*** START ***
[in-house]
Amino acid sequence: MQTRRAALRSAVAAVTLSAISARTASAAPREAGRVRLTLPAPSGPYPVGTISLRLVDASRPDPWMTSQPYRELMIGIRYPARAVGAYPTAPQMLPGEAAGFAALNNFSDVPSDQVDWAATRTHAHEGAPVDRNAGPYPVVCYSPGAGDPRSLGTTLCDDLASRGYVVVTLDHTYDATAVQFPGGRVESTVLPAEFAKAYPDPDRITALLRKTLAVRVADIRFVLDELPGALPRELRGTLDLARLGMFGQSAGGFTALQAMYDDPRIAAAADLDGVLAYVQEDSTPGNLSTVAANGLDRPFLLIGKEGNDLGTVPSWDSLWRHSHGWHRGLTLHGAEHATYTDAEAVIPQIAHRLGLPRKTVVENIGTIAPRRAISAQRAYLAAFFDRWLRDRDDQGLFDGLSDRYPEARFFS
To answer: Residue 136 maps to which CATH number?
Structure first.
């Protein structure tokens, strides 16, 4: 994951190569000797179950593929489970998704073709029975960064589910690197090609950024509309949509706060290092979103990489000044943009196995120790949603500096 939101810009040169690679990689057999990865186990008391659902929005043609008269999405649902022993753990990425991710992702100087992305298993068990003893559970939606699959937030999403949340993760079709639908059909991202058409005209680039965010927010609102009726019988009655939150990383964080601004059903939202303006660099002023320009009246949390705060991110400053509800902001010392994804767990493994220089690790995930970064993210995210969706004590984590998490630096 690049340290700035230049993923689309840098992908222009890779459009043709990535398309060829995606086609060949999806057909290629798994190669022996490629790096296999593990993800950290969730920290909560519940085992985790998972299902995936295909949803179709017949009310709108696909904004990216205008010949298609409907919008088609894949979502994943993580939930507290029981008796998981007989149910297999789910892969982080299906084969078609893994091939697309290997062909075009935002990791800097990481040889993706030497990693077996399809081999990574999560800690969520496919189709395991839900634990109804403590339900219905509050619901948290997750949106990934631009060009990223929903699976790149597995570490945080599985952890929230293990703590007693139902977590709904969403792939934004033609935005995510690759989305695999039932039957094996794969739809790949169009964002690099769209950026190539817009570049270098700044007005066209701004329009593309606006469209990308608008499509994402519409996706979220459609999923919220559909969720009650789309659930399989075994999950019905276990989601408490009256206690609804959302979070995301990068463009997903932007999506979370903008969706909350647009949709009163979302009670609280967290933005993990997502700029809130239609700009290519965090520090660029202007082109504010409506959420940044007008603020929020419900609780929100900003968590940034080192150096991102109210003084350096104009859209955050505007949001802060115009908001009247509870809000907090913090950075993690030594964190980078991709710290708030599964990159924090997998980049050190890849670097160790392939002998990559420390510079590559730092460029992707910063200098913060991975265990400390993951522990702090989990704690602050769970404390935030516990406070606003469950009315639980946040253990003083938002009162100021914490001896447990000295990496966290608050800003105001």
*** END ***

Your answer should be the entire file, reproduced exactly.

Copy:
[in-house]
Amino acid sequence: MQTRRAALRSAVAAVTLSAISARTASAAPREAGRVRLTLPAPSGPYPVGTISLRLVDASRPDPWMTSQPYRELMIGIRYPARAVGAYPTAPQMLPGEAAGFAALNNFSDVPSDQVDWAATRTHAHEGAPVDRNAGPYPVVCYSPGAGDPRSLGTTLCDDLASRGYVVVTLDHTYDATAVQFPGGRVESTVLPAEFAKAYPDPDRITALLRKTLAVRVADIRFVLDELPGALPRELRGTLDLARLGMFGQSAGGFTALQAMYDDPRIAAAADLDGVLAYVQEDSTPGNLSTVAANGLDRPFLLIGKEGNDLGTVPSWDSLWRHSHGWHRGLTLHGAEHATYTDAEAVIPQIAHRLGLPRKTVVENIGTIAPRRAISAQRAYLAAFFDRWLRDRDDQGLFDGLSDRYPEARFFS
To answer: Residue 136 maps to which CATH number?
Structure first.
């Protein structure tokens, strides 16, 4: 994951190569000797179950593929489970998704073709029975960064589910690197090609950024509309949509706060290092979103990489000044943009196995120790949603500096 939101810009040169690679990689057999990865186990008391659902929005043609008269999405649902022993753990990425991710992702100087992305298993068990003893559970939606699959937030999403949340993760079709639908059909991202058409005209680039965010927010609102009726019988009655939150990383964080601004059903939202303006660099002023320009009246949390705060991110400053509800902001010392994804767990493994220089690790995930970064993210995210969706004590984590998490630096 690049340290700035230049993923689309840098992908222009890779459009043709990535398309060829995606086609060949999806057909290629798994190669022996490629790096296999593990993800950290969730920290909560519940085992985790998972299902995936295909949803179709017949009310709108696909904004990216205008010949298609409907919008088609894949979502994943993580939930507290029981008796998981007989149910297999789910892969982080299906084969078609893994091939697309290997062909075009935002990791800097990481040889993706030497990693077996399809081999990574999560800690969520496919189709395991839900634990109804403590339900219905509050619901948290997750949106990934631009060009990223929903699976790149597995570490945080599985952890929230293990703590007693139902977590709904969403792939934004033609935005995510690759989305695999039932039957094996794969739809790949169009964002690099769209950026190539817009570049270098700044007005066209701004329009593309606006469209990308608008499509994402519409996706979220459609999923919220559909969720009650789309659930399989075994999950019905276990989601408490009256206690609804959302979070995301990068463009997903932007999506979370903008969706909350647009949709009163979302009670609280967290933005993990997502700029809130239609700009290519965090520090660029202007082109504010409506959420940044007008603020929020419900609780929100900003968590940034080192150096991102109210003084350096104009859209955050505007949001802060115009908001009247509870809000907090913090950075993690030594964190980078991709710290708030599964990159924090997998980049050190890849670097160790392939002998990559420390510079590559730092460029992707910063200098913060991975265990400390993951522990702090989990704690602050769970404390935030516990406070606003469950009315639980946040253990003083938002009162100021914490001896447990000295990496966290608050800003105001």